Re:Treat: A Next-Gen Timber Hybrid Solution for US Housing

The prototype is striving to be the first in the market to meet the International Building Code and will compete against concrete, steel and composites.

Sun 27 Aug 23


Arcadis is trialling a new approach to hybrid construction; it has developed a prototype that it hopes can be used in mid-rise and high-rise social housing projects across North America.

As reported in April, developers are increasingly looking to hybrid construction materials – combining mass timber, concrete and steel construction to maximise efficiencies and “get the best of all worlds.”

Their new prototype, Re:Treat, is being tested in a 17-storey building in Texas. Arcadis claims the prototype can be easily “modified for seismic or hurricane requirements.”

According to Construct Connect, Re:Treat will meet the 2024 International Building Code (IBC) regulations for mass timber. It strives for a significant 45% reduction in carbon footprint while maintaining economic feasibility. 

Matthias Olt, the Principal at Arcadis in Seattle, said it now has “the economic recipe” to drive mass adoption. 

“We can create a competitive economic model that is constructible in different locations,” Mr Olt said. 

“We can build this 12-storey anywhere in the US, whether in a West Coast city or an East Coast city.”

A new kind of construction with a not-so-new material is taking off in the U.S. Mass timber can replace steel and concrete in large buildings, and proponents say it’s greener and faster to build with. Footage courtesy of @PBSNewsHour.

According to Mt Olt, the objective is to be the “first in the market” to create a cost-competitive housing economic and design model that can compete on price against concrete, steel and composites. 

Mr Olt is considered an expert in mass timber construction, especially high-rise construction.

His distinct use of softly swooping waves or crisp, clean lines is found in many of the most significant and sustainably designed buildings across Asia, Europe, the Middle East, and North America. 

Most recently, Mr Olt has championed hybrid structures, where steel or carbon fibre wrapped with wood and cased in cement is a nod to minimalistic and forward-thinking design.

The design prototype has a concrete core, which is non-negotiable for any project of this size.

“It goes up fast, and you know how to use it and how to do it,” Mr Olt said.

“And it doesn’t interfere with the erection and assembly of the mass timber structure that leans against it.”

For Mr Olt, this is particularly important in environments with high seismic loads, like in California, where mass timber buildings are tested for earthquake resistance.

“This is where you rely on the concrete core to absorb the seismic loads that sway against the building,” he said.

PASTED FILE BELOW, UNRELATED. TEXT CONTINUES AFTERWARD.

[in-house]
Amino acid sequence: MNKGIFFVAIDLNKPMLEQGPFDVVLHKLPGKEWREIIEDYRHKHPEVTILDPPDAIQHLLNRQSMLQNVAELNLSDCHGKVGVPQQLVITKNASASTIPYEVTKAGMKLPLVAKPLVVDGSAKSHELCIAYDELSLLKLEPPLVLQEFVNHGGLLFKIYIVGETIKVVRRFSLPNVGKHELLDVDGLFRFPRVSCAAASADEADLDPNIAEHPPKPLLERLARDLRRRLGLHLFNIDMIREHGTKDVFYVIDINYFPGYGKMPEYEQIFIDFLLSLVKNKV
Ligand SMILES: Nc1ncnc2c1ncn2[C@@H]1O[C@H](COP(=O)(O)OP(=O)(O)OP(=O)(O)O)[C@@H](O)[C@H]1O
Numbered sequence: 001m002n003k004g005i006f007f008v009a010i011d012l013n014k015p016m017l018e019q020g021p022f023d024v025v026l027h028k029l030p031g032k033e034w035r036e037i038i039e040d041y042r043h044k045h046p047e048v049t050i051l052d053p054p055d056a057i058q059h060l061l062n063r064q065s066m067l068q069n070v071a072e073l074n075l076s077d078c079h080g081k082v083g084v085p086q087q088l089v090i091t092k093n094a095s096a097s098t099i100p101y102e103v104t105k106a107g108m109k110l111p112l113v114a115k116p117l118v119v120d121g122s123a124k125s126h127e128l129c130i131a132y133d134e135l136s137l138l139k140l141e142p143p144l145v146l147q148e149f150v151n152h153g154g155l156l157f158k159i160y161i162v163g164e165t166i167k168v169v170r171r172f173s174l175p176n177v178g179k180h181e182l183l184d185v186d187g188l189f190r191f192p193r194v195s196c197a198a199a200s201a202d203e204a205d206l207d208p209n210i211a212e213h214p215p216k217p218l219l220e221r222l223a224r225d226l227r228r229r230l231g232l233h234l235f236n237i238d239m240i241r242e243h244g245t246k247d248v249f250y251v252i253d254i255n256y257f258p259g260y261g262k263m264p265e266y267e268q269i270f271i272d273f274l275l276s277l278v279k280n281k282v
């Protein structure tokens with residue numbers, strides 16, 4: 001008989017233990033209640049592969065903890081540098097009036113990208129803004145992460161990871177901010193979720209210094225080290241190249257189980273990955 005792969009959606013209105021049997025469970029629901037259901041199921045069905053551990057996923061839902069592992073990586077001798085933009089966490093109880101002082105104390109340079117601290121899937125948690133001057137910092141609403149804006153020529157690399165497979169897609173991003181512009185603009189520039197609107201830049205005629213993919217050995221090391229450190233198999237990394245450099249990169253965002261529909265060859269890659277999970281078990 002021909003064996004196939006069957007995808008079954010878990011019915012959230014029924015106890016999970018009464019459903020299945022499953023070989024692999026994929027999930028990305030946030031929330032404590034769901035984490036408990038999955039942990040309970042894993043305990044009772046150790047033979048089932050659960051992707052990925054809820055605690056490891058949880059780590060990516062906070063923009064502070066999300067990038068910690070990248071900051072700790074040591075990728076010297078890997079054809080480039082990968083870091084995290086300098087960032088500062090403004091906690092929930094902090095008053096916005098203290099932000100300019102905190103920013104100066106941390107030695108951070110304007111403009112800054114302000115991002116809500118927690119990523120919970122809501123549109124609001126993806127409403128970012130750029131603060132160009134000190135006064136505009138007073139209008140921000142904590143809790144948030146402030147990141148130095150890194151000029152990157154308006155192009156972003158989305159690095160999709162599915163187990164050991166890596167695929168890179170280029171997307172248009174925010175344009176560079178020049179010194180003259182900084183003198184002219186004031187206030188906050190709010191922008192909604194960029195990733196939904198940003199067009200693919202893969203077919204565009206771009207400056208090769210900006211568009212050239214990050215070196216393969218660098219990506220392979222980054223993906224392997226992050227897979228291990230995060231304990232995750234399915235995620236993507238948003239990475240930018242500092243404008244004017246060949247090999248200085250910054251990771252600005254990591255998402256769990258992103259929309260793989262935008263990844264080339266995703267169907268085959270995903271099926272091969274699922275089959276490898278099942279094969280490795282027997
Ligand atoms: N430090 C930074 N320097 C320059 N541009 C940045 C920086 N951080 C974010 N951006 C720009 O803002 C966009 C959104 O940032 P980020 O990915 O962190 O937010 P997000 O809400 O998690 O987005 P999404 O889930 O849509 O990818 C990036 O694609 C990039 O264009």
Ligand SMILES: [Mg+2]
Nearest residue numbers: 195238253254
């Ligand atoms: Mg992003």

“There, the way to do this is to acknowledge and concede that a so-called mass timber building will have a concrete core.”

Two of the lead researchers on the NSF-funded Tallwood project talk about the impact of the two shakes the 10-story full-scale mass timber building experienced on May 9, 2023. Earthquake resistance is a critically important consideration on the US West Coast. Footage courtesy of @UCSanDiego.

According to Mr Olt, the project reflects the the changing needs of urban dwellers seeking respite from the “chaos of the city”.

The ‘Re’ in ‘Re:Treat’ suggested a sense of renewal and rejuvenation.

“This is particularly relevant in today’s world where families work from home and require a dedicated workspace.”

Breaking new ground, the prototype hopes to be the first in the market compliant with the IBC’s latest standards. 

The IBC is the base code standard used throughout the US and addresses the building’s health and safety concerns based on prescriptive and performance-based requirements.

“That’s important because, under the revised regulation, a developer, contractor or any real estate client can choose mass timber construction as the primary structure for a building up to 12 storeys, including columns and beams, without having to comply with previous limitations such as perceived fire and safety requirements,” Mr Olt said. 

Another important consideration is the architectural typology used to develop the building system.

“Not only modularity in the sense of mass timber, which is fabricated but modular in the interior fit-out of mechanical systems such as craning in bathroom volumetric systems.”

“Mass timber also plays an important role in the biophilic performance of the built environment that has been close to my heart throughout my career,” he said.


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